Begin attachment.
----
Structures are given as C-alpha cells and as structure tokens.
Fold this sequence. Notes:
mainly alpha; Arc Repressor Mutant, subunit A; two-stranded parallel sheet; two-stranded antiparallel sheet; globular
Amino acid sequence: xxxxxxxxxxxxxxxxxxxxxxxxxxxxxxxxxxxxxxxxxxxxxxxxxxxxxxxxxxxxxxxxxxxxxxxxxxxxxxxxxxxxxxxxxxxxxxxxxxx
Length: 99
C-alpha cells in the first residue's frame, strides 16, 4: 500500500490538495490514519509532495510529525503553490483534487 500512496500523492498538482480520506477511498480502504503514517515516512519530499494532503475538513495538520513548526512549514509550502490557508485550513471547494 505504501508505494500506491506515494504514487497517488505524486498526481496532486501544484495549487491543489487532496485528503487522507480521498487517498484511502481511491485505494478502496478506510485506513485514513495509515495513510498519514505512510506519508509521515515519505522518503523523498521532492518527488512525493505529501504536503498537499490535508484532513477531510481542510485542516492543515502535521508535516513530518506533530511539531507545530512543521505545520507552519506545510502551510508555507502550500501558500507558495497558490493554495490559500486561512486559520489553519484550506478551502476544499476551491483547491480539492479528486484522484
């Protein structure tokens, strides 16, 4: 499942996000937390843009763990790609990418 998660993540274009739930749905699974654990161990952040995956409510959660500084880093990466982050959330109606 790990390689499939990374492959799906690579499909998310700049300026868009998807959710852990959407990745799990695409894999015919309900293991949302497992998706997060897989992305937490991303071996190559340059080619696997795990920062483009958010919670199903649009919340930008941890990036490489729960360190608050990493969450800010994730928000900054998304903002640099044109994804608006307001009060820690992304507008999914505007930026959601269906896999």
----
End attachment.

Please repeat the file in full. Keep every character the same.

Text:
Structures are given as C-alpha cells and as structure tokens.
Fold this sequence. Notes:
mainly alpha; Arc Repressor Mutant, subunit A; two-stranded parallel sheet; two-stranded antiparallel sheet; globular
Amino acid sequence: xxxxxxxxxxxxxxxxxxxxxxxxxxxxxxxxxxxxxxxxxxxxxxxxxxxxxxxxxxxxxxxxxxxxxxxxxxxxxxxxxxxxxxxxxxxxxxxxxxx
Length: 99
C-alpha cells in the first residue's frame, strides 16, 4: 500500500490538495490514519509532495510529525503553490483534487 500512496500523492498538482480520506477511498480502504503514517515516512519530499494532503475538513495538520513548526512549514509550502490557508485550513471547494 505504501508505494500506491506515494504514487497517488505524486498526481496532486501544484495549487491543489487532496485528503487522507480521498487517498484511502481511491485505494478502496478506510485506513485514513495509515495513510498519514505512510506519508509521515515519505522518503523523498521532492518527488512525493505529501504536503498537499490535508484532513477531510481542510485542516492543515502535521508535516513530518506533530511539531507545530512543521505545520507552519506545510502551510508555507502550500501558500507558495497558490493554495490559500486561512486559520489553519484550506478551502476544499476551491483547491480539492479528486484522484
């Protein structure tokens, strides 16, 4: 499942996000937390843009763990790609990418 998660993540274009739930749905699974654990161990952040995956409510959660500084880093990466982050959330109606 790990390689499939990374492959799906690579499909998310700049300026868009998807959710852990959407990745799990695409894999015919309900293991949302497992998706997060897989992305937490991303071996190559340059080619696997795990920062483009958010919670199903649009919340930008941890990036490489729960360190608050990493969450800010994730928000900054998304903002640099044109994804608006307001009060820690992304507008999914505007930026959601269906896999």